I cannot emphasise strongly enough the negative effects of breathing sawing or sanding dust from spalted timbers. In my case I have become sufficiently sensitised that even a few breaths causes my nostrils to completely close and for me to have breathing difficulties for several hours afterwards. It is a highly unpleasant thing to live through and even the use of anti-histamines has little effect. Thios was not caused by excessive exposure to the spalted timber, either. I've dealt with relatively little spalted timber in my working life. I also know a trade wood turner who similarly cannot work with the stuff any more for the same reasons. So you have been warned
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Re: Non-toxic woodworm treatment?

Post by mahoak » Sun Dec 30, 2018 10:25 pm

Oh dear... there's me thinking that it would be an easy job. Thank you for the advice J&K. As it happens I do have a Metabo sander which is attached to a nice Metabo extractor with M class filters. And I have a decent face mask as well (I think). The wood does not need a lot of sanding because it is quite flat and smooth and I rather like the rustic look.

Unfortunately I dont have the option of giving up using the wood because I paid £100 for it and it would be a shame to waste it. The slab measured 200cm x 65cm x 5.5cm.

The reason why I was asking for non toxic treatments was because I read some articles online that warned regarding the effect of using such treatments can have on the brain and health? Is it really that bad?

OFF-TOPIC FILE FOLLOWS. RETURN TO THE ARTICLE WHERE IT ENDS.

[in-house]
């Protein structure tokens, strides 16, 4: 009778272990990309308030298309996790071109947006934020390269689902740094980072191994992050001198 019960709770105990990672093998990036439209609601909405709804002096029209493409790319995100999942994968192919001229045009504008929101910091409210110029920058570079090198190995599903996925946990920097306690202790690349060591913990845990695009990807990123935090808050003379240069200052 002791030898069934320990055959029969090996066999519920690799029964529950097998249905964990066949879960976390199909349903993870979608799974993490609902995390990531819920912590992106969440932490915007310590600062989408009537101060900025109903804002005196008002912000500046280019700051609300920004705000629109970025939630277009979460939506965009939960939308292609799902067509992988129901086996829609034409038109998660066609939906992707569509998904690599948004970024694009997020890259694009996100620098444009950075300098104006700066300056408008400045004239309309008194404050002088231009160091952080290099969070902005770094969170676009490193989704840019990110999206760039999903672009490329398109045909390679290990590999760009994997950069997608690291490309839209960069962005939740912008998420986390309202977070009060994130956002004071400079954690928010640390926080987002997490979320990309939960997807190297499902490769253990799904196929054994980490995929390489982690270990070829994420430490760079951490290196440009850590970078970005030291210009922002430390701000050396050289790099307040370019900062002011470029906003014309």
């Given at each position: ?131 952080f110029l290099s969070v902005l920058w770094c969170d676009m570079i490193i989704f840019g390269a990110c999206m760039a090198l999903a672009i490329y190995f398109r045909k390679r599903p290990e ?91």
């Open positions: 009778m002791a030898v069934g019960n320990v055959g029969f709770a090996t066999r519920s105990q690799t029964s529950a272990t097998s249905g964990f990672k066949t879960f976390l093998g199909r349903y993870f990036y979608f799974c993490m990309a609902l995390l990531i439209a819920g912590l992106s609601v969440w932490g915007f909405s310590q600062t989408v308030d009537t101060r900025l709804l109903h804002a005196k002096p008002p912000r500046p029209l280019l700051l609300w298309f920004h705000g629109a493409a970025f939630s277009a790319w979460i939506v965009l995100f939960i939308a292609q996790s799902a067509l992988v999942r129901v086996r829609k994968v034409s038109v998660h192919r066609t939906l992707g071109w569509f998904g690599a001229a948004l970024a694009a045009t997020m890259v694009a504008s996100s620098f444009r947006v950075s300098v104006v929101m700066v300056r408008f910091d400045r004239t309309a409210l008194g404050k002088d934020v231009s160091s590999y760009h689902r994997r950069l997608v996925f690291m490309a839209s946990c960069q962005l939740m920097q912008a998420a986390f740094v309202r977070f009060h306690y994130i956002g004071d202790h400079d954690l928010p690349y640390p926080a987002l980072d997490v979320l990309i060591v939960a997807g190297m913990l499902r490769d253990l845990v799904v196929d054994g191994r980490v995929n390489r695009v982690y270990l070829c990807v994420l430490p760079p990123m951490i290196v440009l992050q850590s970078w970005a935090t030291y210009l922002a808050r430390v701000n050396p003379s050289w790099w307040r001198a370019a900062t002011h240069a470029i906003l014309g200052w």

I take on board your suggestion though and it sounds good to me. Which leads me to ask: any particular brands of wood hardener better than others? And what brand lacquer would you suggest?

Here's a picture of the timber:
Image

And a picture of the face mask (JSP Force8):
Image
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Re: Non-toxic woodworm treatment?

Post by mahoak » Sun Dec 30, 2018 10:44 pm

By the way I may have got it wrong in regards to what type of timber it is and after looking at pictures on internet I think it may be birch and not beech. Although not sure if birch can grow to that girth size :oops: :oops:
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Re: Non-toxic woodworm treatment?

Post by Job and Knock » Mon Dec 31, 2018 12:42 am

mahoak wrote:The reason why I was asking for non toxic treatments was because I read some articles online that warned regarding the effect of using such treatments can have on the brain and health? Is it really that bad?
Well, the odd thing is that pemethrin is actually used to treat scabies and lice (any comments about that on-line?). Like everything else in this world it depends on the level of exposure. Read what you like into that, but before condemning any wood treatment based on anything you find on the net I'd suggest maybe getting hold of the COSHH sheets for any compound you are likely to use and having a good read.